Identification of ataxia-associated mtDNA mutations (m.4052T>C and m.9035T>C) and evaluation of their pathogenicity in transmitochondrial cybrids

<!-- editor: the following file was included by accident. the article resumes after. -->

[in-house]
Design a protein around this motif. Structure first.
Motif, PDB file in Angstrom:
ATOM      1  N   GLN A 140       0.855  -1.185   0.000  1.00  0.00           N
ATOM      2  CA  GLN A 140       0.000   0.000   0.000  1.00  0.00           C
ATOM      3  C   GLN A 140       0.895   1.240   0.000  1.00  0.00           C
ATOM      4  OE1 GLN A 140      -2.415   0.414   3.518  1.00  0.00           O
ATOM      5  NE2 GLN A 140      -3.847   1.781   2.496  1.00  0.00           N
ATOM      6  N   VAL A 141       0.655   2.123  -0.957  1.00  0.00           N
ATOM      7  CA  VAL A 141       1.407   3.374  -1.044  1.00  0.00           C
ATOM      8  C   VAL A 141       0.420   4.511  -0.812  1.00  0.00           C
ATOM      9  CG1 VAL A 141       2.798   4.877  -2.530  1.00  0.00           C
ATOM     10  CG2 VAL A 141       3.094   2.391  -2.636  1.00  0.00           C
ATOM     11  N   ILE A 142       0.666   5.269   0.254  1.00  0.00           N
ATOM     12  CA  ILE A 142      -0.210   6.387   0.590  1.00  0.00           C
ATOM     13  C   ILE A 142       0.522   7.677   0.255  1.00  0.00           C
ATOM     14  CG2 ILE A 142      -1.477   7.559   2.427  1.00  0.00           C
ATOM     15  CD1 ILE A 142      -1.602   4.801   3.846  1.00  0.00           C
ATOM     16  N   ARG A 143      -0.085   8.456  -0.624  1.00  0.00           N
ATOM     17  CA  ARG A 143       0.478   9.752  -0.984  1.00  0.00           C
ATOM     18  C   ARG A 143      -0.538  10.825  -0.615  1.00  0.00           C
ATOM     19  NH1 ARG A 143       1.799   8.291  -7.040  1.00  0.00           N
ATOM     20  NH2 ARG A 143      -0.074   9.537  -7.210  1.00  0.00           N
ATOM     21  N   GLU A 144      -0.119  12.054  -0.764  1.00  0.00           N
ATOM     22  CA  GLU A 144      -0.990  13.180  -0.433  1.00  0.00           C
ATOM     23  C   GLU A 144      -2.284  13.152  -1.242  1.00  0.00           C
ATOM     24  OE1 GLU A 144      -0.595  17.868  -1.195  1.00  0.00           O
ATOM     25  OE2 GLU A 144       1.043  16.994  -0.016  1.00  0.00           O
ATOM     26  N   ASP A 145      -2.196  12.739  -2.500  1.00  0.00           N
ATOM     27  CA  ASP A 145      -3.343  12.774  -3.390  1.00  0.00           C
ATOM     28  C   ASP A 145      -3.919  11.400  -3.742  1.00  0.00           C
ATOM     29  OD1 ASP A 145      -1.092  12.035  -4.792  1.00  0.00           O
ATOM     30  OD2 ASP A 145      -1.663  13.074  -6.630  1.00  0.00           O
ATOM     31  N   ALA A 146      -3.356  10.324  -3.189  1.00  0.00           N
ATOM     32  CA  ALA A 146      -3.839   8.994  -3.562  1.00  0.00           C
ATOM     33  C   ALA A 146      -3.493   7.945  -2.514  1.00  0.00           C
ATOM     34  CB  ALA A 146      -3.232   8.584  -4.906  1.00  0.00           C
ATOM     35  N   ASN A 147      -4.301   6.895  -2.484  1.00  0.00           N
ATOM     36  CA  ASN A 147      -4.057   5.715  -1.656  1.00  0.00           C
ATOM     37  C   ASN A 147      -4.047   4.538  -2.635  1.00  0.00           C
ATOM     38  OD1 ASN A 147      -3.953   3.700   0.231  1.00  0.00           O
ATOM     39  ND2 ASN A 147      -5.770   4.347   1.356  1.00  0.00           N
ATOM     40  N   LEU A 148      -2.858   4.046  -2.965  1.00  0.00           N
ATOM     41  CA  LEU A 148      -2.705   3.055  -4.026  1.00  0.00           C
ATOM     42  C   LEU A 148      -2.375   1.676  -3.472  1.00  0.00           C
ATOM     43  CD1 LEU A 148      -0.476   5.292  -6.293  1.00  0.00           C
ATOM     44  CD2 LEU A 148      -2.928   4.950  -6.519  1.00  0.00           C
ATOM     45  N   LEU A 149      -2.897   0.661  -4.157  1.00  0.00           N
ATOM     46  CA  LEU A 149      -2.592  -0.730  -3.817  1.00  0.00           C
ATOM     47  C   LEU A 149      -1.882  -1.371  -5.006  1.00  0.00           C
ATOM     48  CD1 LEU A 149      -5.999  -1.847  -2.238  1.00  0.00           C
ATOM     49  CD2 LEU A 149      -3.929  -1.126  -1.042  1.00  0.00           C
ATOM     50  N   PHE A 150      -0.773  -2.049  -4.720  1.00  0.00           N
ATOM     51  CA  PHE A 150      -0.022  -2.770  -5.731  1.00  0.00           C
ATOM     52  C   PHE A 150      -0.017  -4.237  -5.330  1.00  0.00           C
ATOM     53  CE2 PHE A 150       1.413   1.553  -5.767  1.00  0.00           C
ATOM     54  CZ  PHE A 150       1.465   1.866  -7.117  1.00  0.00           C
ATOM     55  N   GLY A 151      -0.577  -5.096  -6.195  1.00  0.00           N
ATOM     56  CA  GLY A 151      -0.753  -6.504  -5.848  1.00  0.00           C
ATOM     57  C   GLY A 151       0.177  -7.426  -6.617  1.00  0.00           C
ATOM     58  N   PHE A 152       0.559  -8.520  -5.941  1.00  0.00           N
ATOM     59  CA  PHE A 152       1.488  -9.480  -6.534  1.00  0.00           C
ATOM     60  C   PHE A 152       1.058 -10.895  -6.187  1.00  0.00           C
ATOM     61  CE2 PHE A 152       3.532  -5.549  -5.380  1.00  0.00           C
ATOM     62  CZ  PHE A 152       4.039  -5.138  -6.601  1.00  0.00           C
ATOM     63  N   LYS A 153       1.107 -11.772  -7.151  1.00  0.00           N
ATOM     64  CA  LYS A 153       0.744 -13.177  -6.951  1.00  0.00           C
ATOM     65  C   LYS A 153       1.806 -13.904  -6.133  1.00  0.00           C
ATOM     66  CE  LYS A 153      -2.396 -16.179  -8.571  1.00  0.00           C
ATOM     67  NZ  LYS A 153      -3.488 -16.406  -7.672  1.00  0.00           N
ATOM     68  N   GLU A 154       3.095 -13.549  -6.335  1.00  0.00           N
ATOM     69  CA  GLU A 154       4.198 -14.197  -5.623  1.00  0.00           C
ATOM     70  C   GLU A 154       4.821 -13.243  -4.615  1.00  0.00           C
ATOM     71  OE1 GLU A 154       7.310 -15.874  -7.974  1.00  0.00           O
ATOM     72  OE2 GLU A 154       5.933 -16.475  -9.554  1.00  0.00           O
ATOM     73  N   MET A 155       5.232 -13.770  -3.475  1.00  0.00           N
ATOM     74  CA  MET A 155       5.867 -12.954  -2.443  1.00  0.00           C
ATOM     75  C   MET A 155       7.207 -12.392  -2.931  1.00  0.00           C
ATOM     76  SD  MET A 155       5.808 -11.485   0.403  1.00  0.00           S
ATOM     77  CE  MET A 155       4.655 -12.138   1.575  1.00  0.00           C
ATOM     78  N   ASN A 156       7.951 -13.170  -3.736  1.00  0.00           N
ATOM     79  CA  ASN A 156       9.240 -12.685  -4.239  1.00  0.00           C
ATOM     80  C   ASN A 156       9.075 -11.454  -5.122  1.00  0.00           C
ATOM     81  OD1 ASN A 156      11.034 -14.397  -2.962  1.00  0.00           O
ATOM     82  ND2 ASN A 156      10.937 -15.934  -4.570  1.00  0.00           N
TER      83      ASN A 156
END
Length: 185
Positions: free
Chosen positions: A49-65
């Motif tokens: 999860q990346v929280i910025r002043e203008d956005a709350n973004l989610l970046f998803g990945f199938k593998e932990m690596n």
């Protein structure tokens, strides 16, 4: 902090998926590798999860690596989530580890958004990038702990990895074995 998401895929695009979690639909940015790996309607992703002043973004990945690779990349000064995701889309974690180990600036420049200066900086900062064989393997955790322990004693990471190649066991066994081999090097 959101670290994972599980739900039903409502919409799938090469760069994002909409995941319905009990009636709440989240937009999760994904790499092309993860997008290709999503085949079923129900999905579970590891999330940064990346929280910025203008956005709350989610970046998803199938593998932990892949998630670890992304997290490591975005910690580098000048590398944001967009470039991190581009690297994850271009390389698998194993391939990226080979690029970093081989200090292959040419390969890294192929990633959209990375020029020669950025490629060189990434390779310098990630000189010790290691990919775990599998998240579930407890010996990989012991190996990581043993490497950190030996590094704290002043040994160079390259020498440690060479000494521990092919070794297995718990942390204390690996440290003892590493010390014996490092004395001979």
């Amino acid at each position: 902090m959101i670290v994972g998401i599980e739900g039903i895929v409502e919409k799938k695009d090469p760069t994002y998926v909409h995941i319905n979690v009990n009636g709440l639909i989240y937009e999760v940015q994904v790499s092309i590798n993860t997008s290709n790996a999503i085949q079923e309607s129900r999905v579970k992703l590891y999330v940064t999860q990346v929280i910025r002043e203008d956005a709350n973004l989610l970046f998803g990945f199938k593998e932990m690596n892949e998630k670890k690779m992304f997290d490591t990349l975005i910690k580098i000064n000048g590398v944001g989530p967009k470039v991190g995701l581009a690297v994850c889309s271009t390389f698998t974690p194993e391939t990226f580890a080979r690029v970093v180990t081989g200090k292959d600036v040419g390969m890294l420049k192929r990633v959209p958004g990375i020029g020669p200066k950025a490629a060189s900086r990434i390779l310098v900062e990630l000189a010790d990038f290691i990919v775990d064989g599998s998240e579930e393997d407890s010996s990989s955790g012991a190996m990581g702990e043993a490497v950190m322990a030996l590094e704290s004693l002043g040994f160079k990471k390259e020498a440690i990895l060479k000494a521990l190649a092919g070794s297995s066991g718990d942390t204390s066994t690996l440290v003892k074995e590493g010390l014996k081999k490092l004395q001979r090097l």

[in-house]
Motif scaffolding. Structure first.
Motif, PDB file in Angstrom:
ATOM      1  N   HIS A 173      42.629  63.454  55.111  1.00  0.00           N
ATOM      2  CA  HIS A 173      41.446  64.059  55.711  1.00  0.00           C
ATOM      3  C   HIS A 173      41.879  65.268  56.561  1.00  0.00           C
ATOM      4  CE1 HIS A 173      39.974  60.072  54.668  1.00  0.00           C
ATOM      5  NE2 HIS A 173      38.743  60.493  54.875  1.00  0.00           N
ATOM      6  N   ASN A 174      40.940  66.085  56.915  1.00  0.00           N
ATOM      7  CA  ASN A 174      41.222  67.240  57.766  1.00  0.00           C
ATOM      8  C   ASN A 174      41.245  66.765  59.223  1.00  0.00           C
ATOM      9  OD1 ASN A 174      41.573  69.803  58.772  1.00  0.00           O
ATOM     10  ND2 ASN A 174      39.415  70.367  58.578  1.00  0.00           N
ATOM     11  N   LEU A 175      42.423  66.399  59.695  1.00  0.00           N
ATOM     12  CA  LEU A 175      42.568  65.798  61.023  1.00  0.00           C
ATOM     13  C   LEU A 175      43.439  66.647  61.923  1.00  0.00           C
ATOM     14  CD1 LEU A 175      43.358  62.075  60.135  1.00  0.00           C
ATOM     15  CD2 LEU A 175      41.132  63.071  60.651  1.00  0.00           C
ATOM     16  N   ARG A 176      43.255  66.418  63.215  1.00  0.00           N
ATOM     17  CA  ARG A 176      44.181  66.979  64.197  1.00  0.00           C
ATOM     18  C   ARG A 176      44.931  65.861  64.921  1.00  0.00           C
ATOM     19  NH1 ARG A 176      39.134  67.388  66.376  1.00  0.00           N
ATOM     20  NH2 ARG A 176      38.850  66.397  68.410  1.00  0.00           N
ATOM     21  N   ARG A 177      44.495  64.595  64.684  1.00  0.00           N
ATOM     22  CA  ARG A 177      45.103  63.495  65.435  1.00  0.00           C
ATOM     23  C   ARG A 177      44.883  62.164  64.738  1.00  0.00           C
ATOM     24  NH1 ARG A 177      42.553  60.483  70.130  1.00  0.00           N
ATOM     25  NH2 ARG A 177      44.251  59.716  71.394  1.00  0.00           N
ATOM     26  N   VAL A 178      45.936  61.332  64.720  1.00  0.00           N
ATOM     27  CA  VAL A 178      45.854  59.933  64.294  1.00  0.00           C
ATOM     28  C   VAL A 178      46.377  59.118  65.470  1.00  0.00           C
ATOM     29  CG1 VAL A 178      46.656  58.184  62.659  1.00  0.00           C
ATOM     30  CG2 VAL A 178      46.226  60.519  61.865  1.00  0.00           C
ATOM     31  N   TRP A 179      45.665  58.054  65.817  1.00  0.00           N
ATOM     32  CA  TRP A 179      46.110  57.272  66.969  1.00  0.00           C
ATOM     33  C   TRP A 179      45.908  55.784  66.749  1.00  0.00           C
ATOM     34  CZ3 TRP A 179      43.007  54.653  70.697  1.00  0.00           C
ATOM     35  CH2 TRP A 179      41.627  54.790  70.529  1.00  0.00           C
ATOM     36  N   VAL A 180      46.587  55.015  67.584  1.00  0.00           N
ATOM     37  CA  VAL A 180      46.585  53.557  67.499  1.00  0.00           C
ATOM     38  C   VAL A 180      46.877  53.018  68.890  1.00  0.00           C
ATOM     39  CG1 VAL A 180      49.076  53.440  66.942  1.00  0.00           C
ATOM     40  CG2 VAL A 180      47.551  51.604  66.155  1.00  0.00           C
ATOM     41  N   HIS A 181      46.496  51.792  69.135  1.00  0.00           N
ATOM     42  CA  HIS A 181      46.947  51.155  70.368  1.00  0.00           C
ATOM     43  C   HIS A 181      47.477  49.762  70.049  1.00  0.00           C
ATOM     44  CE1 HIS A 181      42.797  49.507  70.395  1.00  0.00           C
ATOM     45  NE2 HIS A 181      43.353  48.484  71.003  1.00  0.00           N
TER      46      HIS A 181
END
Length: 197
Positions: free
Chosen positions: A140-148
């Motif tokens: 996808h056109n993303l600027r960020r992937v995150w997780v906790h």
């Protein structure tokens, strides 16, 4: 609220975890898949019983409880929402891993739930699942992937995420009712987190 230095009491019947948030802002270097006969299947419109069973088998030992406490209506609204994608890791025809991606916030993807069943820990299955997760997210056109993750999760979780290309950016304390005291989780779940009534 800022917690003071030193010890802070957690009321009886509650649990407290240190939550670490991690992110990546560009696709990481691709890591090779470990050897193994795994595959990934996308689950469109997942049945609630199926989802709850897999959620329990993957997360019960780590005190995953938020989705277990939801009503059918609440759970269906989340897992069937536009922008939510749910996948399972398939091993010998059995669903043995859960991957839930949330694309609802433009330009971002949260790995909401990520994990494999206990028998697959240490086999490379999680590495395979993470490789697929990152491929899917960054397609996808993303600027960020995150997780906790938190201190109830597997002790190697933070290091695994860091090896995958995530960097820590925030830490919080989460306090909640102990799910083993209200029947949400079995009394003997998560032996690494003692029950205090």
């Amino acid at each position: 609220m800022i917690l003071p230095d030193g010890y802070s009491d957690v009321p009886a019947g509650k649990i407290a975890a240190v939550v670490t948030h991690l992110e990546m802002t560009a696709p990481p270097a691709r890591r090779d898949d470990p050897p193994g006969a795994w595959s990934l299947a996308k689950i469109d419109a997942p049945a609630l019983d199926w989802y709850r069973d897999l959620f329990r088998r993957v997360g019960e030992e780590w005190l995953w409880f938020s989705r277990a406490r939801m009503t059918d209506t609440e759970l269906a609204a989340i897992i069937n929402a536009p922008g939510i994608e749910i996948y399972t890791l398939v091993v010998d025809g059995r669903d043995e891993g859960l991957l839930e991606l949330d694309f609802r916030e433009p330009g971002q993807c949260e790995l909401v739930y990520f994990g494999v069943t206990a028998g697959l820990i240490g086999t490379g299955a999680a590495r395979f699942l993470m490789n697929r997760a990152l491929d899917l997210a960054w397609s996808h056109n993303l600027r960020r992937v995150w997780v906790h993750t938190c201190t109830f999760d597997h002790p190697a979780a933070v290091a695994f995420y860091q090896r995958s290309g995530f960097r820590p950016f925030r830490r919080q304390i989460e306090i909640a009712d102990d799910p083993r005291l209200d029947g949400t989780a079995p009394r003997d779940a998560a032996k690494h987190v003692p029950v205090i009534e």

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The potential pathogenicity of two homoplasmic mtDNA point mutations, 9035T>C and 4452T>C, found in a family afflicted with maternally transmitted cognitive developmental delay, learning disability, and progressive ataxia was evaluated using transmitochondrial cybrids. We confirmed that the 4452T>C transition in tRNA(Met) represented a polymorphism; however, 9035T>C conversion in the ATP6 gene was responsible for a defective F(0)-ATPase. Accordingly, mutant cybrids had a reduced oligomycin-sensitive ATP hydrolyzing activity. They had less than half of the steady-state content of ATP and nearly an 8-fold higher basal level of reactive oxygen species (ROS). Mutant cybrids were unable to cope with additional insults, i.e., glucose deprivation or tertiary-butyl hydroperoxide, and they succumbed to either apoptotic or necrotic cell death. Both of these outcomes were prevented by the antioxidants CoQ(10) and vitamin E, suggesting that the abnormally high levels of ROS were the triggers of cell death. In conclusion, the principal metabolic defects, i.e., energy deficiency and ROS burden, resulted from the 9035T>C mutation and could be responsible for the development of clinical symptoms in this family. Furthermore, antioxidant therapy might prove helpful in the management of this disease.
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